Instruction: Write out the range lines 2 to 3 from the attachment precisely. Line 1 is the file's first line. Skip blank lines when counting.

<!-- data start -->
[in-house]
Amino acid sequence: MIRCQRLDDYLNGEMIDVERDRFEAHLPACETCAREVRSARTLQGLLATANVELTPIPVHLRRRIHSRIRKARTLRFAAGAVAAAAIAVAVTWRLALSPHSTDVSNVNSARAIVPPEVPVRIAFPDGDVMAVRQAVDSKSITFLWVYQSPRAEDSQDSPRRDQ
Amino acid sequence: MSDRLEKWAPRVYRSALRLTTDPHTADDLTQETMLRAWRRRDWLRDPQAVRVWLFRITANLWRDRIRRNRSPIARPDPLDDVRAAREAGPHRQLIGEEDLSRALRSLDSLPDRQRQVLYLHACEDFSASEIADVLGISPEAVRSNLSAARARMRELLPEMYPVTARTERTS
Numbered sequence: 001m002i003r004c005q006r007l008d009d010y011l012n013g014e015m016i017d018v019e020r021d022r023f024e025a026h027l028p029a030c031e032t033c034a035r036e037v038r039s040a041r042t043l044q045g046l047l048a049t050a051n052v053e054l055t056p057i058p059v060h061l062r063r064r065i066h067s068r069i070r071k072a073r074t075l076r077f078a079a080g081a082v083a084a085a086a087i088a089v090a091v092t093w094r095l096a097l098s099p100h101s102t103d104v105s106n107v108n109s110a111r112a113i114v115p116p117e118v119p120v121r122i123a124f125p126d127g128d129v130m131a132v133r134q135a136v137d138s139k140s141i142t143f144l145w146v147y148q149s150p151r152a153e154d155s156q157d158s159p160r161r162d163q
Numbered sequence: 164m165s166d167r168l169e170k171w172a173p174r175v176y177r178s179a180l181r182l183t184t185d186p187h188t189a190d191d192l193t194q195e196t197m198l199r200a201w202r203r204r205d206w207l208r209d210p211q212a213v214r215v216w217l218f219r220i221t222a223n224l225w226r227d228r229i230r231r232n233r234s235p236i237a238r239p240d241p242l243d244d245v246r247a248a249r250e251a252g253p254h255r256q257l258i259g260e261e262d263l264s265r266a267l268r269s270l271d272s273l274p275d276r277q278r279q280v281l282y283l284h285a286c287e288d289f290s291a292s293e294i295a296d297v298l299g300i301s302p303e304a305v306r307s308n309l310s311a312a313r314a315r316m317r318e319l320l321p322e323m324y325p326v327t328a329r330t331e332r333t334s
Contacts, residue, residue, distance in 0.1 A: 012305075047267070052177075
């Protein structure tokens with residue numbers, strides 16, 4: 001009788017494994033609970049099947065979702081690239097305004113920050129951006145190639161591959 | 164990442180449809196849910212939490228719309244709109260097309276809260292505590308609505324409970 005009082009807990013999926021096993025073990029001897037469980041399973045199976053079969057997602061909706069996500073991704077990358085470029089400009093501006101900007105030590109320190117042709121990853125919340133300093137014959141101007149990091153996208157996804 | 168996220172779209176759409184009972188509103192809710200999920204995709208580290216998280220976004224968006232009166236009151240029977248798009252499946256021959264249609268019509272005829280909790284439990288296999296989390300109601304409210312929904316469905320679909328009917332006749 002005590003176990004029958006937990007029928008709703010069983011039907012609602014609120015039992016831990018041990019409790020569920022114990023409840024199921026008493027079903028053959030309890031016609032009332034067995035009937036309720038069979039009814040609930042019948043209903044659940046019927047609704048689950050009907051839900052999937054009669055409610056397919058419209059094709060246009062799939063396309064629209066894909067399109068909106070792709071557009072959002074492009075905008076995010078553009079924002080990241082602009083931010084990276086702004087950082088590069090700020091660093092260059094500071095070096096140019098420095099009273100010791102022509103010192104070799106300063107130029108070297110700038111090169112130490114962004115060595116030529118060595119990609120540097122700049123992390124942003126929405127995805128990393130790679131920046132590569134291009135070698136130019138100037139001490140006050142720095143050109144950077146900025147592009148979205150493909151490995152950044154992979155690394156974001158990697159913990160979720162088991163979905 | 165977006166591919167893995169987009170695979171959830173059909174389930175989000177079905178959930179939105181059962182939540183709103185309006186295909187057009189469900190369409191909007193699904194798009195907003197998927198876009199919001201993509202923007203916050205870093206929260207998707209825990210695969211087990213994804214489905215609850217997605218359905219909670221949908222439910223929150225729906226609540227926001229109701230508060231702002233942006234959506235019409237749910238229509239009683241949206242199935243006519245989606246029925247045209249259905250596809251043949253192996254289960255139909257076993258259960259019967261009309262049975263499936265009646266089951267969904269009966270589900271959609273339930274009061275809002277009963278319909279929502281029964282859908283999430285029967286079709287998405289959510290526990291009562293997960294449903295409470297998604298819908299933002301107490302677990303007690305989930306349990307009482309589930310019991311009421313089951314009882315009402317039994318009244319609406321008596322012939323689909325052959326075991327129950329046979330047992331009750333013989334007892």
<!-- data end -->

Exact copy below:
Amino acid sequence: MIRCQRLDDYLNGEMIDVERDRFEAHLPACETCAREVRSARTLQGLLATANVELTPIPVHLRRRIHSRIRKARTLRFAAGAVAAAAIAVAVTWRLALSPHSTDVSNVNSARAIVPPEVPVRIAFPDGDVMAVRQAVDSKSITFLWVYQSPRAEDSQDSPRRDQ
Amino acid sequence: MSDRLEKWAPRVYRSALRLTTDPHTADDLTQETMLRAWRRRDWLRDPQAVRVWLFRITANLWRDRIRRNRSPIARPDPLDDVRAAREAGPHRQLIGEEDLSRALRSLDSLPDRQRQVLYLHACEDFSASEIADVLGISPEAVRSNLSAARARMRELLPEMYPVTARTERTS